Things You Can Do For The Environment

  1. Learn whether your home has lead paint. If lead paint in your home is in poor condition, hire trained workers to make the necessary repairs.
  2. Never pour automotive products, cleaning chemicals, pesticides, solvents, paints, and other chemicals down the drain, in the trash, onto the ground, or into storm drains.
  3. Purchase only the amount of household chemicals that you will use. Give leftover cleaning products, paints, pesticides, and other hazardous chemicals that you no longer use to a friend, neighbor, or community group that can use them. If you cannot find someone to use them, check with you local health, environmental protection, or public works department to see if they have a household hazardous waste collection program.
  4. If you spill a chemical, clean it up promptly according to the manufacturer's instructions. Kitty litter or some other absorbent materials are often helpful in cleaning up liquid spills. Remove grass and soil that may have been contaminated by the spilled material. Dispose of the spilled materials and cleanup materials according to direction from your local department of public works or environmental protection.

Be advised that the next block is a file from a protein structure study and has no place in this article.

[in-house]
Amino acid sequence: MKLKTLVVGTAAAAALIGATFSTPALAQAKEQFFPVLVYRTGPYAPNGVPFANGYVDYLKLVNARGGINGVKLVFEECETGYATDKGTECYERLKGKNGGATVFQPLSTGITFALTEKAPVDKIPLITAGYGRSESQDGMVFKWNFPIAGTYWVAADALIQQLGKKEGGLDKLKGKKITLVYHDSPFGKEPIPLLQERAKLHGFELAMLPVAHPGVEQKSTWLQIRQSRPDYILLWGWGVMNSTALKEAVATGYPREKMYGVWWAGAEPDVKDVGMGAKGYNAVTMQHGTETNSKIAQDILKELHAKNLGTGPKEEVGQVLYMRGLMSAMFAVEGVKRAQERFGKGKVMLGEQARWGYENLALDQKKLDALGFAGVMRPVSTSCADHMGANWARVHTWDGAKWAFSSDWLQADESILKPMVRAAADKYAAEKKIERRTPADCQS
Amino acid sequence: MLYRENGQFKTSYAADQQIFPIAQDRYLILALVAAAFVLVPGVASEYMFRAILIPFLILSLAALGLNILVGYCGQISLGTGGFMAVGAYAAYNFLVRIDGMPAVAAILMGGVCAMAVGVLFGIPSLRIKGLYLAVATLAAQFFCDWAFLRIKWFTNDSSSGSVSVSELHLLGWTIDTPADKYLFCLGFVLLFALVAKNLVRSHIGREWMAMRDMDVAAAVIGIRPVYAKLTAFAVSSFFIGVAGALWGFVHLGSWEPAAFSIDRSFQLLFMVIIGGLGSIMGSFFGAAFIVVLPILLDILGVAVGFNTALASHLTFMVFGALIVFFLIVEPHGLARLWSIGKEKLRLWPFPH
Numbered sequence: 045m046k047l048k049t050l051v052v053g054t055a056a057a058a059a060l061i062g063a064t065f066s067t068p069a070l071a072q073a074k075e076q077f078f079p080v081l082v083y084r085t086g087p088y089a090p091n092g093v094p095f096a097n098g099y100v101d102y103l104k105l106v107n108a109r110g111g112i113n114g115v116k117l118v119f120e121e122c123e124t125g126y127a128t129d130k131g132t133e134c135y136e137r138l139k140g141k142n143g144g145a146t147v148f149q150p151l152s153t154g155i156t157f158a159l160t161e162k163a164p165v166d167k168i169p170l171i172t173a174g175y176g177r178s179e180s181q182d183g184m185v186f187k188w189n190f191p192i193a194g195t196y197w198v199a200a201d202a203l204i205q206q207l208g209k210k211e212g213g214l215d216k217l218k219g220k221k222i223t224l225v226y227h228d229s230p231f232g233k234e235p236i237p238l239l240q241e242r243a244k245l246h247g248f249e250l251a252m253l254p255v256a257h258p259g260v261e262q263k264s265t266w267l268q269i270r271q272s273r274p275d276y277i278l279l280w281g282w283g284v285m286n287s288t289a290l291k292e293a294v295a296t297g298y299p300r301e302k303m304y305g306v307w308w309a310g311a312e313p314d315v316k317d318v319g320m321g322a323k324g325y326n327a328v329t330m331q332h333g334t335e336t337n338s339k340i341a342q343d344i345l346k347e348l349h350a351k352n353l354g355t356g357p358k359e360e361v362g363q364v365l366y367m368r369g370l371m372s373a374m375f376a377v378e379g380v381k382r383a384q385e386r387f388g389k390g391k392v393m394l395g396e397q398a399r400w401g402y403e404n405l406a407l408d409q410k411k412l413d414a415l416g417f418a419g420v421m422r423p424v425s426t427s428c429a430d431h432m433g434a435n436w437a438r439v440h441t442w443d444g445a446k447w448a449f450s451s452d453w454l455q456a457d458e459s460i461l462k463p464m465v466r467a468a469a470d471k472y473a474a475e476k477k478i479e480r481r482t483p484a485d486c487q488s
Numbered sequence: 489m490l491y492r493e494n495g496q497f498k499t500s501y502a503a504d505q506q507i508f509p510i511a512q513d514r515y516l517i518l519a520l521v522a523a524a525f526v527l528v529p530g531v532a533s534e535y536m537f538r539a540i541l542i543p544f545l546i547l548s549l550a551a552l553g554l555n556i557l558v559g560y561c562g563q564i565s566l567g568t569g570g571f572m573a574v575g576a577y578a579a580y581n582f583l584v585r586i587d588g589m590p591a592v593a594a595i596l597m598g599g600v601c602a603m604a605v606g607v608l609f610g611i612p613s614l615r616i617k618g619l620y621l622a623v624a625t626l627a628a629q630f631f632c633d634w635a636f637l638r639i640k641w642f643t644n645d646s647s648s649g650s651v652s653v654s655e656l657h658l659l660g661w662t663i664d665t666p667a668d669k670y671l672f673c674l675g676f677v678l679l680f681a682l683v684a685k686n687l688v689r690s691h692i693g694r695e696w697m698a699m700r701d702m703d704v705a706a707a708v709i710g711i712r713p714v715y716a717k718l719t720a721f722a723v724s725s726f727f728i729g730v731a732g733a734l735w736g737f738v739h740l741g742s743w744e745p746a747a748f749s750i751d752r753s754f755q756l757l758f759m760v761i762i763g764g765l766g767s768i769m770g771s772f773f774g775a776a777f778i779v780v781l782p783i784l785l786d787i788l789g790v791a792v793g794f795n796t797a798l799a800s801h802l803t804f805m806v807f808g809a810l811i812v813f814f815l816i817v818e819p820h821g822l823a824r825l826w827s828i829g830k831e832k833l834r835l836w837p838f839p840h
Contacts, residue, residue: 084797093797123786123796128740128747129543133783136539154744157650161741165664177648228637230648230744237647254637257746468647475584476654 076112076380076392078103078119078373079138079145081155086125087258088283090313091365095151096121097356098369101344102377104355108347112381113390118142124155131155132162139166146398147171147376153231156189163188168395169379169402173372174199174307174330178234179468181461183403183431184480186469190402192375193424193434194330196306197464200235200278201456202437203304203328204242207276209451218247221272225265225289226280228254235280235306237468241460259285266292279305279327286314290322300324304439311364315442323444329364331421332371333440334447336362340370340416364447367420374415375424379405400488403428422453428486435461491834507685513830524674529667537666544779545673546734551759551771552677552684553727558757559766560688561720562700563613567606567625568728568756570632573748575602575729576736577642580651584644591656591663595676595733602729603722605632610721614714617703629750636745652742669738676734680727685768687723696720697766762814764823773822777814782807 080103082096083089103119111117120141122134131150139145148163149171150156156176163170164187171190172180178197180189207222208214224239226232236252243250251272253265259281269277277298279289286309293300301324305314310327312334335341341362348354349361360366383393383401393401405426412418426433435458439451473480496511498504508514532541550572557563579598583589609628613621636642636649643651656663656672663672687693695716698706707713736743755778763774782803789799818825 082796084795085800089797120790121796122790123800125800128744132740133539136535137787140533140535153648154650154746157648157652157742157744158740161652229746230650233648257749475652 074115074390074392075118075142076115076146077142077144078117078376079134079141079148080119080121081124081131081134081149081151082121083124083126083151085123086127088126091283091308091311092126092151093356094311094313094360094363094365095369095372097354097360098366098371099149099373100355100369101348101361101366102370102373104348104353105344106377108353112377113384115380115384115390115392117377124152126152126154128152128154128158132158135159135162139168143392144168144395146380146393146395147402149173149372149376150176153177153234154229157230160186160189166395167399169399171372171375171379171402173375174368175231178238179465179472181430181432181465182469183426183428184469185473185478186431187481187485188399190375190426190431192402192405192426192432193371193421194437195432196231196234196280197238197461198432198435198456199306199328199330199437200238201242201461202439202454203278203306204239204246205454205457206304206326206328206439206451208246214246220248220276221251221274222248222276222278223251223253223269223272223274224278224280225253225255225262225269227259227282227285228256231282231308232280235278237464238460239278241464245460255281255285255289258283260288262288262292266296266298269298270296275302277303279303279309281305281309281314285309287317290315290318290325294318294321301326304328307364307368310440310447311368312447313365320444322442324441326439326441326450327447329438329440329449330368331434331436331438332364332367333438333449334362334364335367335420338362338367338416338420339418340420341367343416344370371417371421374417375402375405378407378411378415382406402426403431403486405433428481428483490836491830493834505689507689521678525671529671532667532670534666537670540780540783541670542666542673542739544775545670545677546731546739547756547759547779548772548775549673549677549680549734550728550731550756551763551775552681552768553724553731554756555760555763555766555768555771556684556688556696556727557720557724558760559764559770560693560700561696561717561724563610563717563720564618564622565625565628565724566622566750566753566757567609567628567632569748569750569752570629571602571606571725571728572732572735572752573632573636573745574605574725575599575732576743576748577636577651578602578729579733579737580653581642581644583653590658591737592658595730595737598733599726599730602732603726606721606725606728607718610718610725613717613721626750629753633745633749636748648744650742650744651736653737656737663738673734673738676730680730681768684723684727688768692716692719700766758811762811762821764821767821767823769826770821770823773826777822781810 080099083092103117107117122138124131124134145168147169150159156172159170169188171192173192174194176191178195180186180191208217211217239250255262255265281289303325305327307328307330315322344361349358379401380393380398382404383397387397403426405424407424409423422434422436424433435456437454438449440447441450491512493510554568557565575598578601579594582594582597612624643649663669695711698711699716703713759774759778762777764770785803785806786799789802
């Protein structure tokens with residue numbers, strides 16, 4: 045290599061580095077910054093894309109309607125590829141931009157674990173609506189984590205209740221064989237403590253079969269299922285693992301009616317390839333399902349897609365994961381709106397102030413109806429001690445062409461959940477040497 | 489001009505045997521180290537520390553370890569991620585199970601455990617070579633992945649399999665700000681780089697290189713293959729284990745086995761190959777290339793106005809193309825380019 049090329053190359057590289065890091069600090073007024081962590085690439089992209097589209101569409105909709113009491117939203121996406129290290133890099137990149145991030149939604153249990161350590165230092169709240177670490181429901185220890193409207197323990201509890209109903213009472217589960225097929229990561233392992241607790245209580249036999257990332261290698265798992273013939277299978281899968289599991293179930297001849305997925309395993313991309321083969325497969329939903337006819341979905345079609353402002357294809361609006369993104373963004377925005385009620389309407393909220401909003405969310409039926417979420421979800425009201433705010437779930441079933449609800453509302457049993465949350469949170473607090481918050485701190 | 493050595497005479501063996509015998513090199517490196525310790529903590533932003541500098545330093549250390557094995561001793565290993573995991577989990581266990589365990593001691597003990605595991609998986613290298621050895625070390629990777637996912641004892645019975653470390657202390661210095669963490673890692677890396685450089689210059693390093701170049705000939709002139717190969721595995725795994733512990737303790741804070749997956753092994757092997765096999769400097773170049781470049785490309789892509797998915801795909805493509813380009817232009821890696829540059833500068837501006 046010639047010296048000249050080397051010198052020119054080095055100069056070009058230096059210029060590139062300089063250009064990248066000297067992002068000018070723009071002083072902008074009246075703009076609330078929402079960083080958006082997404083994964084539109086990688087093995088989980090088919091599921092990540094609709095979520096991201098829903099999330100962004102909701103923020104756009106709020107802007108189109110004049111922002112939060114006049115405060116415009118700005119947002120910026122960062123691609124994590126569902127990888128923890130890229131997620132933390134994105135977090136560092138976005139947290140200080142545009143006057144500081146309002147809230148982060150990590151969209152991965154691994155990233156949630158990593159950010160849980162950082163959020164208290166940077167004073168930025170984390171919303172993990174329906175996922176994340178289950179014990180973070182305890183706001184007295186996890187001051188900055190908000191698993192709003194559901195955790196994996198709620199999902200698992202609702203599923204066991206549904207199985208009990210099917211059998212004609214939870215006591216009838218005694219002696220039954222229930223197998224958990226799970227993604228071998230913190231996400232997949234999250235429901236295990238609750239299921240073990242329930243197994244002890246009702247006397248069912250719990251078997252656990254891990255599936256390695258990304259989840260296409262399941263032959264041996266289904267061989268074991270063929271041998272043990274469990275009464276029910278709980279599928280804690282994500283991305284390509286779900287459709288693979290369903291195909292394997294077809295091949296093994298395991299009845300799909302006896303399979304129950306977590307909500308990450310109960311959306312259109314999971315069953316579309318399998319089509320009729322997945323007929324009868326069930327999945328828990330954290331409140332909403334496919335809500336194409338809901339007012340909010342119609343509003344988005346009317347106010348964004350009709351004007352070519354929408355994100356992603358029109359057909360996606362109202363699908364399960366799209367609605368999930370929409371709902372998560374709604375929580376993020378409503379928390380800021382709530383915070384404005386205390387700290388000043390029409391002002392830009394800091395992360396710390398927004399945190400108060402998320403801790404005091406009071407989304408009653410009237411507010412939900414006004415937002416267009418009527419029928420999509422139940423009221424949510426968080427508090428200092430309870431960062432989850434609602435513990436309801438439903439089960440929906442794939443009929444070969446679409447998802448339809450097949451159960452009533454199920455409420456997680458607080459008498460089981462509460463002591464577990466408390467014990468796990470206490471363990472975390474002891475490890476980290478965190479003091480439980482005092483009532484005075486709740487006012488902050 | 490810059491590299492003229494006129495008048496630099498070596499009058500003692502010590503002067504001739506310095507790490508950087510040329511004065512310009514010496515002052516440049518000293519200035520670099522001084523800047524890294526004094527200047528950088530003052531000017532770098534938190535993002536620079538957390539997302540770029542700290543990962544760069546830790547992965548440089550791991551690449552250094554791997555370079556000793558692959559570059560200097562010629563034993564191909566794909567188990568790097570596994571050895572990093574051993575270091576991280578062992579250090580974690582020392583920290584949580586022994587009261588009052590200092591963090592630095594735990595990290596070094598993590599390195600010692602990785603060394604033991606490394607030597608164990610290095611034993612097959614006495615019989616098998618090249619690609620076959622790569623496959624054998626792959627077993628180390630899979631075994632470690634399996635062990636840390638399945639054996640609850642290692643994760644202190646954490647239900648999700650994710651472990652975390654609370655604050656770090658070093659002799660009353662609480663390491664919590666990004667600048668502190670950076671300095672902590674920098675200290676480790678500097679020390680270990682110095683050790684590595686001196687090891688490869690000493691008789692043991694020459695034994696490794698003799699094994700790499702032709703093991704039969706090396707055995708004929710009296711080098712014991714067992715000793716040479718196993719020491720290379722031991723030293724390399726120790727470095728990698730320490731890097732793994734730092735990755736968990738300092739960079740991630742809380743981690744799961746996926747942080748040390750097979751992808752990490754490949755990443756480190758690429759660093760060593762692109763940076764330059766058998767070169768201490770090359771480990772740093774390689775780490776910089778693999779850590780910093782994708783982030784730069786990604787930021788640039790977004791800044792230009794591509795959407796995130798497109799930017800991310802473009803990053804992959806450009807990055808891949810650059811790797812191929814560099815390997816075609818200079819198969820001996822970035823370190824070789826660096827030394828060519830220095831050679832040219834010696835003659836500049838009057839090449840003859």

5. Look for and buy household chemicals that are less toxic/hazardous. Often these chemicals are water based.
  6. Use rechargeable batteries. Recycle old batteries.
  7. Use latex/water based paints instead of oil based paints.
  8. Consider alternatives to chemical pesticides, including biological methods of control (predatory insects, viruses, and other microorganisms), mechanical methods of control (hand removal, use of traps, and cultivation), and cultural methods of control (insect resistant plants and building or landscape design). If you must use pesticides, buy only what you need, use the pesticides according to the manufacturer's guidelines, and store the pesticides safely.
  9. Report hazardous materials spills promptly to the Department, 24-hours per day, at (866) 633-4686.

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